Strychnine and the Wild Surmise

All right. This might be a cheap shot. What follows is bizarre and kind of hilarious, but I do have a serious point.

Please comment or email and tell me what you think.

1921. The Mysterious Affair at Styles. Christie’s first murder mystery.

Upstairs, in a “fine old house” in Essex, Mrs Inglethorp dies of strychnine poisoning, surrounded by servants, relations and doctors. Christie describes the convulsions of strychnine poisoning and calls them “terrible” with a “peculiar violence”.

If you have a weak constitution, might be time to look away.

Let’s have a closer look at death by strychnine. Here’s a scene in London in the 1890s. A young woman has taken some pills.

“Her head and neck muscles go into a spasm … her facial muscles force the mouth into a hideous and exaggerated grin known as risus sardonicus. The whole of her face becomes liverish red. Another minute on sees her entire body taken over by convulsions as the spasms take over every muscle.

She lies there shaking violently. Suddenly her abdomen is forced upwards as her backbone arches, leaving only her head and heels touching the ground. Now she starts to slowly suffocate as her diaphragm becomes paralysed and stops her lungs working.

This is the horror of strychnine, the nastiest of poisons. It tortures its victim before allowing death to rescue them from their hell.” 

Hargreaves, Tony (2017), Poisons and Poisonings: Death by Stealth. Cambridge, UK: Royal Society of Chemistry (p1)



You Have a Certain What??

After this has happened to Mrs Inglethorp, the doctor proclaims it to be “Very sad.”

Fair enough. But have a look at what happens next. The narrator is Captain Hastings.

We all trooped out into the corridor …  I was violently excited. I have a certain talent for deduction and Dr Bauerstein’s manner had started a flock of wild surmises in my mind. Mary Cavendish laid her hand upon my arm.

‘What is it? Why did Dr Bauerstein seem so – peculiar?’

I looked at her.

‘Do you know what I think?’

The Mysterious Affair at Styles, 1921. Chapter III

hastings eclectic ephemera.jpg

Maybe it’s just me …

After witnessing a death by strychnine, after standing helplessly by while a woman suffered like that, I don’t think I’d be surmising anything. I’d be a quivering wreck on the floor.


It’s probably not fair to laugh at the literature and conventions of the past, or to criticise as unrealistic something that never pretended to be anything else. The murder puzzles of the Golden Age obey their own complex set of rules and conventions. They take violent death and turn it into a puzzle. It’s easy to find scenes that are awkward and bizarre.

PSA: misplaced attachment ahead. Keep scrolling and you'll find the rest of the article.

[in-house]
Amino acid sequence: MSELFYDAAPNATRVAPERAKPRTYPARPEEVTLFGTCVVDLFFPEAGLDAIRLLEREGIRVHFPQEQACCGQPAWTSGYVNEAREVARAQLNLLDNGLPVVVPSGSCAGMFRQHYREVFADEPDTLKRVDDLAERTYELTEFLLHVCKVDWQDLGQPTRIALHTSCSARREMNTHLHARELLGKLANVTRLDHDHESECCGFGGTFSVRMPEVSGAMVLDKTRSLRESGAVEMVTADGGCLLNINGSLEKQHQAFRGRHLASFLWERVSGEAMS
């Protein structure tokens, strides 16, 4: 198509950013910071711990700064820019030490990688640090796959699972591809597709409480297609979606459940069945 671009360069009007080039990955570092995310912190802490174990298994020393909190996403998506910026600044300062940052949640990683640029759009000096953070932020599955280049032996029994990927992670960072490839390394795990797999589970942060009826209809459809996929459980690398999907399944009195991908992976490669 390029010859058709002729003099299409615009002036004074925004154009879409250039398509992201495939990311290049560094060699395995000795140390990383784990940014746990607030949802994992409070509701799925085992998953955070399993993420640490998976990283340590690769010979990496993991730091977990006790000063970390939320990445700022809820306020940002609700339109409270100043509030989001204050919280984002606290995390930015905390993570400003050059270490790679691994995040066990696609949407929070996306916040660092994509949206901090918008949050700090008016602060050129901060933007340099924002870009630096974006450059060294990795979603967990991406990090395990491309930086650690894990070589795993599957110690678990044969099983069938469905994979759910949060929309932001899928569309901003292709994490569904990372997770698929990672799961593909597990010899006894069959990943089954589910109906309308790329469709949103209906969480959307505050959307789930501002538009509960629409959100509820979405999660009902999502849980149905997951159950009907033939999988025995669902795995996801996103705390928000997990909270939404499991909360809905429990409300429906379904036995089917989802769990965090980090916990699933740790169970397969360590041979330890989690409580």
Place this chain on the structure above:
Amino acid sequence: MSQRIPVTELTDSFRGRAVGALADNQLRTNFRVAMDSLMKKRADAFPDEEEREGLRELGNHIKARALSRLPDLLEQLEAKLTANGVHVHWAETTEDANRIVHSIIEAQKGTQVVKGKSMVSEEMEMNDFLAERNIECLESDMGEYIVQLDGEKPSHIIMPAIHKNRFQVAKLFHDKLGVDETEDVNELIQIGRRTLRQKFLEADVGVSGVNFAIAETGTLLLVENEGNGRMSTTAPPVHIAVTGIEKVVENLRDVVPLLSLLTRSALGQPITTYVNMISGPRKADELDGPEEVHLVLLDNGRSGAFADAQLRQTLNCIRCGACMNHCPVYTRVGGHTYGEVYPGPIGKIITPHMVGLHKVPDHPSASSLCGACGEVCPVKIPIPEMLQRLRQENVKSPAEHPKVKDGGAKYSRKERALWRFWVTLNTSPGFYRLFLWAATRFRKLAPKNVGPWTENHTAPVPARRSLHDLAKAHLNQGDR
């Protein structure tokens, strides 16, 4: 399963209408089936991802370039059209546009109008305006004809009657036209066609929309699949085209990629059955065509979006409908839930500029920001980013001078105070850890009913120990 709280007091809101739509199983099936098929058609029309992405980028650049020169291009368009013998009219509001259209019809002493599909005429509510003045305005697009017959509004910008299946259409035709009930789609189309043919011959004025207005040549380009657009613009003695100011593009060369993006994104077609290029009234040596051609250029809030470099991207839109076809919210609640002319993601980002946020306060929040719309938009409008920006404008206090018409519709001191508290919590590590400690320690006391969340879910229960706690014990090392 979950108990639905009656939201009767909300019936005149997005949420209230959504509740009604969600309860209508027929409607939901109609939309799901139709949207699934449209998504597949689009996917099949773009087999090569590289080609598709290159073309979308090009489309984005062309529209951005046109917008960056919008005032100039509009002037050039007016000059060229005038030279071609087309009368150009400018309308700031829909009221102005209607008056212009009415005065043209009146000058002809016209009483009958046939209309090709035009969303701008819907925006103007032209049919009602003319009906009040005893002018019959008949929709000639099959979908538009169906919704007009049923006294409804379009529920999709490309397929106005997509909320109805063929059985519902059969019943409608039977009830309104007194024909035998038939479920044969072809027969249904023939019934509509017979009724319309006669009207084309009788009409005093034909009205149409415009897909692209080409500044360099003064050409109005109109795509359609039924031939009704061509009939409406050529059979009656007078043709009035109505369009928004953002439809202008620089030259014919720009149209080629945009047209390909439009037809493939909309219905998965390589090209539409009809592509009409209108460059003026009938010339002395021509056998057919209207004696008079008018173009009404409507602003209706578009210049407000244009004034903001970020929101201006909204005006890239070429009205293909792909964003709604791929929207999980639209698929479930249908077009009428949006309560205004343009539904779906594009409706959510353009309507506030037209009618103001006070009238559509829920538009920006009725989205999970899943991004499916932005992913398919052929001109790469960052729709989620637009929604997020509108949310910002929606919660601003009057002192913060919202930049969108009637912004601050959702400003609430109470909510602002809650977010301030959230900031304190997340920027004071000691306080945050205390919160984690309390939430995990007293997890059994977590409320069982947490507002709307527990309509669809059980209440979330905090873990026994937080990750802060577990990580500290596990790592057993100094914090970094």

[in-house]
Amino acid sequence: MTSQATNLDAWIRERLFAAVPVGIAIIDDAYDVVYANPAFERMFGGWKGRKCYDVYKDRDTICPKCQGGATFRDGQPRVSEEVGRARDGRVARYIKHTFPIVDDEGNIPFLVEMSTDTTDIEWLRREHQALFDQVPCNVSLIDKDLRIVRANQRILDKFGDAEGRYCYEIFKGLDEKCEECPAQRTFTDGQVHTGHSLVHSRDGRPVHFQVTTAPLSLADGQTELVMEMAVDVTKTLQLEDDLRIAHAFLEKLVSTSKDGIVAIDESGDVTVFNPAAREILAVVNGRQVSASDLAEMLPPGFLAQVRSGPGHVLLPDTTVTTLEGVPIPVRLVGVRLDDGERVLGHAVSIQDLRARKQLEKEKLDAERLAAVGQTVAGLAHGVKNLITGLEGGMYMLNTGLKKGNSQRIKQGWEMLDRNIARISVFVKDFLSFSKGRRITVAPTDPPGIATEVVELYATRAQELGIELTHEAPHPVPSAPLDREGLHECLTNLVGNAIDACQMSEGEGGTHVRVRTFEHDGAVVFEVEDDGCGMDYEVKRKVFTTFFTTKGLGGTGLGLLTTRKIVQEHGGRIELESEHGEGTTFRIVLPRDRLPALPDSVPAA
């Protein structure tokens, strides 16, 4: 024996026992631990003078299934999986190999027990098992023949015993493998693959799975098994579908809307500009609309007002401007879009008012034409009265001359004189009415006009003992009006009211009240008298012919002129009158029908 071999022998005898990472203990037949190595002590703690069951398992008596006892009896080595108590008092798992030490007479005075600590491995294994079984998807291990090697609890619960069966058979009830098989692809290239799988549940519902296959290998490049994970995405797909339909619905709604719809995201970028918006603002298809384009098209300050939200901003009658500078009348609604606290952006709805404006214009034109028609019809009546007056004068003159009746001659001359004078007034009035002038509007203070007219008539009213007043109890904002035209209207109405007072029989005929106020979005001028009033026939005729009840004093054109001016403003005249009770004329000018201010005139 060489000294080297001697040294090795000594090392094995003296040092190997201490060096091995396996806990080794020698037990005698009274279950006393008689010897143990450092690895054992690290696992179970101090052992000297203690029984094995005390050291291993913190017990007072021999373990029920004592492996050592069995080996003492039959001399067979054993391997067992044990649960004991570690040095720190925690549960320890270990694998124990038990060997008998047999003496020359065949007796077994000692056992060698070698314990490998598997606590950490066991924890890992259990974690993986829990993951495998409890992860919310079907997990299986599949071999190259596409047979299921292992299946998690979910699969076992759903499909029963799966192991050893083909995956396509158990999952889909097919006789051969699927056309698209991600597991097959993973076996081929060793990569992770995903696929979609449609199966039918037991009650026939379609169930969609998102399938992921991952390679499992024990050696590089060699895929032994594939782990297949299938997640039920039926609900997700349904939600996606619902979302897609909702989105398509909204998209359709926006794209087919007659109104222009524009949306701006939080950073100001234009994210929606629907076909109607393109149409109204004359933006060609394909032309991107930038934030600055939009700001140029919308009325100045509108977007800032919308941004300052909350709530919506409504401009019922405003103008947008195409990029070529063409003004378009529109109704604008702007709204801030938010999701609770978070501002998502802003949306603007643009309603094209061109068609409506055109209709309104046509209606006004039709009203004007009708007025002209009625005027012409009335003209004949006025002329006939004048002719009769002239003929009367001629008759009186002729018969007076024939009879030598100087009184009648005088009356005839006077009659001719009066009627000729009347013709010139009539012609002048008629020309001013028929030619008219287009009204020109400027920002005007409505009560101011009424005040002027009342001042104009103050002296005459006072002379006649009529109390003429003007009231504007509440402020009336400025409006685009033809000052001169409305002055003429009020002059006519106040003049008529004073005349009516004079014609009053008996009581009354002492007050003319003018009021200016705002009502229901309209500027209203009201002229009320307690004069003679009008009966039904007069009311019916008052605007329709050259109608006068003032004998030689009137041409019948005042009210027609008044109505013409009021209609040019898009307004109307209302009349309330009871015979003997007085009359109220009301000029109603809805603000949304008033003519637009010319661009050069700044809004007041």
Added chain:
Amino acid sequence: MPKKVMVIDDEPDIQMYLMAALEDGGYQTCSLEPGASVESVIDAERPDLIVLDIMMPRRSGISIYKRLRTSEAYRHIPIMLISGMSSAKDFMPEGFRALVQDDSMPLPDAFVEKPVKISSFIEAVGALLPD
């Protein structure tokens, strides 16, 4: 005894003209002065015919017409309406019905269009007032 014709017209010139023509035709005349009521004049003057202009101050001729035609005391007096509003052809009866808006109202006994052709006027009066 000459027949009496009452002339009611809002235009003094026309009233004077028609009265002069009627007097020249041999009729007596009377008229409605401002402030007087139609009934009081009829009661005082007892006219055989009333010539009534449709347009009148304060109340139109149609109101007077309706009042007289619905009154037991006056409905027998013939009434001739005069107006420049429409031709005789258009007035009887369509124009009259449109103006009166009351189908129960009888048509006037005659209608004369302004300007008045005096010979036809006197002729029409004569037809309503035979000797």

And even today crime writers write about death, surely the largest of events, sometimes a completely terrible event, and not always in a tone of high seriousness.

Miss Fisher Murder and Mendelssohn.jpg
The Phryne Fisher series is a delight. What do you think?

And even when the tone is serious, dark and thoughtful, aren’t we still using violence and tragedy in what is essentially a form of amusement?

Examining What We Do

Unsurprisingly, as a practitioner and a reader, I’m going to say I think it’s legitimate to write about death, even if we aren’t striving for strict realism.

After all, the murder mystery isn’t the only art form that deals in violence and death.

Death and Life Klimt Leopold Museum
“Death and Life” Gustav Klimt 1915, Leopold Museum

Underlying Profundity

I don’t think The Mysterious Affair at Styles is a stupid or trivial book. I think, even when the tone is light, there is an underlying profundity to stories about death.

There. You might not agree with that statement.

I also think it’s fine to write something that looks to genre conventions and provides simply an amusing puzzle. And some mystery novels can be a lot more than that. (There will be more about this in future posts).

Yes? No?

But I think we should be aware of what we are doing. It’s always enlightening to examine our pleasures and our cultural forms.

One thought on “Strychnine and the Wild Surmise

  1. Well said. And usually it’s what the reader reads between the lines which makes a good book. The biography The Tattooist of Auschwitz by Heather Morris came in for criticism for non-factual content but it was what she left unsaid which spoke volumes.


Leave a Reply

Fill in your details below or click an icon to log in: Logo

You are commenting using your account. Log Out /  Change )

Twitter picture

You are commenting using your Twitter account. Log Out /  Change )

Facebook photo

You are commenting using your Facebook account. Log Out /  Change )

Connecting to %s